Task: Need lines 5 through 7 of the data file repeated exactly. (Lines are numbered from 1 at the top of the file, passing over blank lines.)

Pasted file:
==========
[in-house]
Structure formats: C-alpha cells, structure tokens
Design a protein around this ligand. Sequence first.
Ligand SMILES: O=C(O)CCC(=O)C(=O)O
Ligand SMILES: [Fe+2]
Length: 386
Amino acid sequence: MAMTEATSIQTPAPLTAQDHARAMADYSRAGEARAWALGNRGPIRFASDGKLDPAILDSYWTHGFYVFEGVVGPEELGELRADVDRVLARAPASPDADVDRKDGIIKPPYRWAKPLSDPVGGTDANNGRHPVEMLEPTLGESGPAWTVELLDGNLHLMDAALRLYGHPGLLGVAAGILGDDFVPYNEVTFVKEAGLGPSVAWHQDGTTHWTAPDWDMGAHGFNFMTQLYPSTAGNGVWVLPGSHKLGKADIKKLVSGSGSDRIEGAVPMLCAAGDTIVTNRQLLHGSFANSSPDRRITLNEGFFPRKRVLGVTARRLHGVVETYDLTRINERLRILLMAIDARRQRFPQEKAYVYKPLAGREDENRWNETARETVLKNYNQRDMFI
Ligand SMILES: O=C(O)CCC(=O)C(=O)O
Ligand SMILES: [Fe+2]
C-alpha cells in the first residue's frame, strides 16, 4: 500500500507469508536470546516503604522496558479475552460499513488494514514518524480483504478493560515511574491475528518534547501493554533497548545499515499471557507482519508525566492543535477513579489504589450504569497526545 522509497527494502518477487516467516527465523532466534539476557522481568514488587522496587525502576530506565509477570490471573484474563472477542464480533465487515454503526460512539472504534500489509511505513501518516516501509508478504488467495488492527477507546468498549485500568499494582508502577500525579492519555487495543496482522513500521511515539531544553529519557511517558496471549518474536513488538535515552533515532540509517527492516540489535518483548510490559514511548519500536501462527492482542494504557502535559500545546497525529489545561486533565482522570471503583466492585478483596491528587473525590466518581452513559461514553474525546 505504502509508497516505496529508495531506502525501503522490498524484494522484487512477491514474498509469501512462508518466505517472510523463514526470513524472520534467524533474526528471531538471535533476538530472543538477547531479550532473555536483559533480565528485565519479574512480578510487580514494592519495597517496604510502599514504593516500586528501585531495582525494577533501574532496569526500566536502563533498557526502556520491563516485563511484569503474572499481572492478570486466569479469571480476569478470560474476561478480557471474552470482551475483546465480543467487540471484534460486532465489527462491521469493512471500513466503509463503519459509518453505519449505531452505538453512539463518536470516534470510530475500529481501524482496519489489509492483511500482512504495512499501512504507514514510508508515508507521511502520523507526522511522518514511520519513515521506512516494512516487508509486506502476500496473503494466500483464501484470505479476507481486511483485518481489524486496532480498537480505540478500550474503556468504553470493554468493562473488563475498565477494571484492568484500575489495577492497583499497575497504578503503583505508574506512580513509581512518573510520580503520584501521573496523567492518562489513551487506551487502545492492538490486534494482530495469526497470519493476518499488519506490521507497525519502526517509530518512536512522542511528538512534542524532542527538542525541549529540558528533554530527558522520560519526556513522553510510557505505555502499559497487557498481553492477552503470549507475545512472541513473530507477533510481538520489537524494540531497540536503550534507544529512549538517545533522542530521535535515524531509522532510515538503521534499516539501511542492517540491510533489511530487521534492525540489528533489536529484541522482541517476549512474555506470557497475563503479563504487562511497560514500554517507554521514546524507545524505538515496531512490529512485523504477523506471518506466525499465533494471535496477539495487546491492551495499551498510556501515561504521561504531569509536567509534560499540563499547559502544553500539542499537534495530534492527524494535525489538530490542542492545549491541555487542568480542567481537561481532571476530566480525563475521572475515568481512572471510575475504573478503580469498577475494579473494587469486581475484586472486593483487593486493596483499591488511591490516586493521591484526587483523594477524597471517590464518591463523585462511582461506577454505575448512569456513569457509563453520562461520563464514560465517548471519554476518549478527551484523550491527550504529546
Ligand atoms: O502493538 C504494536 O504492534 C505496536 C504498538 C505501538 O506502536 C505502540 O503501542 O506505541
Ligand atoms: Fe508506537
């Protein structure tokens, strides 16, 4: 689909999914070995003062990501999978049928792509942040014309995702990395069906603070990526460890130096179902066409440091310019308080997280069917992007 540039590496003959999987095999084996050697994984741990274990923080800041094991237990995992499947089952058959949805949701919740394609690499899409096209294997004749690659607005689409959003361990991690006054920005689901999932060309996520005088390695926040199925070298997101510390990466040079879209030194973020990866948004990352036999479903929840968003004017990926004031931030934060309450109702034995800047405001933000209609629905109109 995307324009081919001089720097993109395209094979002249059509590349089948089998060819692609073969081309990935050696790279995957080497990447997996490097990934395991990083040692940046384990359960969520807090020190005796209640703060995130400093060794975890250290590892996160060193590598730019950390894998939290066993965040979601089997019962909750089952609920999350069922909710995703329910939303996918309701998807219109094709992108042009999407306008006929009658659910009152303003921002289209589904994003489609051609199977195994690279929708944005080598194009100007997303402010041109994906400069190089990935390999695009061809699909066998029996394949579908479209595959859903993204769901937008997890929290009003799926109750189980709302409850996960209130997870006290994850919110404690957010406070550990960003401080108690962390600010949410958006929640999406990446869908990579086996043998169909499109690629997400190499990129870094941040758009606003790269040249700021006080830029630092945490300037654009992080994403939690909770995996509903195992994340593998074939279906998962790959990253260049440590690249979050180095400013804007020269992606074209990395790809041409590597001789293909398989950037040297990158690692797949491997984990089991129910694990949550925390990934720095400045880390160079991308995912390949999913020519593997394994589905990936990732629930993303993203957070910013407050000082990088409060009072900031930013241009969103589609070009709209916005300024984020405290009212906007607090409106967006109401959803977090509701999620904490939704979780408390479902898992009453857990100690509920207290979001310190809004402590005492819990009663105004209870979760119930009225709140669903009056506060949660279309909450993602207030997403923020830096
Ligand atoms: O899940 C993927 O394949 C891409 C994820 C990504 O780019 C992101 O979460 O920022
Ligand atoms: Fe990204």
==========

Ligand SMILES: [Fe+2]
Length: 386
Amino acid sequence: MAMTEATSIQTPAPLTAQDHARAMADYSRAGEARAWALGNRGPIRFASDGKLDPAILDSYWTHGFYVFEGVVGPEELGELRADVDRVLARAPASPDADVDRKDGIIKPPYRWAKPLSDPVGGTDANNGRHPVEMLEPTLGESGPAWTVELLDGNLHLMDAALRLYGHPGLLGVAAGILGDDFVPYNEVTFVKEAGLGPSVAWHQDGTTHWTAPDWDMGAHGFNFMTQLYPSTAGNGVWVLPGSHKLGKADIKKLVSGSGSDRIEGAVPMLCAAGDTIVTNRQLLHGSFANSSPDRRITLNEGFFPRKRVLGVTARRLHGVVETYDLTRINERLRILLMAIDARRQRFPQEKAYVYKPLAGREDENRWNETARETVLKNYNQRDMFI